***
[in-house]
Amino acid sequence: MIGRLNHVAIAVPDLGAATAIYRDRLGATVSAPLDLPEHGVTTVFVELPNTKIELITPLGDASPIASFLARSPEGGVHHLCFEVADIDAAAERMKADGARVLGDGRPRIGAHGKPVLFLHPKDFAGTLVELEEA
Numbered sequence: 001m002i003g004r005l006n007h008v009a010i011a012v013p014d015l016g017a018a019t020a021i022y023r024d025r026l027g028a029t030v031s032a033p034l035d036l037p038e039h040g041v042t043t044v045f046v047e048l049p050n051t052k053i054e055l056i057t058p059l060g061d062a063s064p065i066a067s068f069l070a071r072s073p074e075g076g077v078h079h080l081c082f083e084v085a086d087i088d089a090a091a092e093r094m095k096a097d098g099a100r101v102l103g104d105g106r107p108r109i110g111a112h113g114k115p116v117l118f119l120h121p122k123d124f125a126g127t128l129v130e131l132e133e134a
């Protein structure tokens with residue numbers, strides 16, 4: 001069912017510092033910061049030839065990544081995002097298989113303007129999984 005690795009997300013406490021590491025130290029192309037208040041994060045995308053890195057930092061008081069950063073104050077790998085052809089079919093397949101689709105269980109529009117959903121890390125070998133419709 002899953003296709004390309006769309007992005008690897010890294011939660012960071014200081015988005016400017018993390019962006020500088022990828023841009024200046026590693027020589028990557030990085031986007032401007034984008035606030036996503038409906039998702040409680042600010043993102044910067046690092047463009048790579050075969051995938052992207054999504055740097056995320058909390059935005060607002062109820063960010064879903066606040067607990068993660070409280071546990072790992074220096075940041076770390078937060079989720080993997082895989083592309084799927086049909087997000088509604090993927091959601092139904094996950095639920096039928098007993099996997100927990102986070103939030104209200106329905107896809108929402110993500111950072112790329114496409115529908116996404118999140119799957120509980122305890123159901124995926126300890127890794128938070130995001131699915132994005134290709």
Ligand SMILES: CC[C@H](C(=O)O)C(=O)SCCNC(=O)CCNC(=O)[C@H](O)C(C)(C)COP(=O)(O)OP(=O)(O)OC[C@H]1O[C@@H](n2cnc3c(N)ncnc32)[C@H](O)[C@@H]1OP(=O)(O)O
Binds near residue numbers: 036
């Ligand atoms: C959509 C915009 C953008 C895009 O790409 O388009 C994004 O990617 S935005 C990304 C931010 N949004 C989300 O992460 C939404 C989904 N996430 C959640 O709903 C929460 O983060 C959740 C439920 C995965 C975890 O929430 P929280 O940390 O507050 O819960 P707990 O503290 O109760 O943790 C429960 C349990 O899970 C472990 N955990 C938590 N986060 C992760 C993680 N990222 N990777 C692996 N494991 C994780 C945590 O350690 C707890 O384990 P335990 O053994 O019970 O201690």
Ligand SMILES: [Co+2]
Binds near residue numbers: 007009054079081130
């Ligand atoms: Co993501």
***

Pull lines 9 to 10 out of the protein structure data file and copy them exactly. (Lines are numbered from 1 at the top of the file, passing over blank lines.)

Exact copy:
Binds near residue numbers: 007009054079081130
């Ligand atoms: Co993501």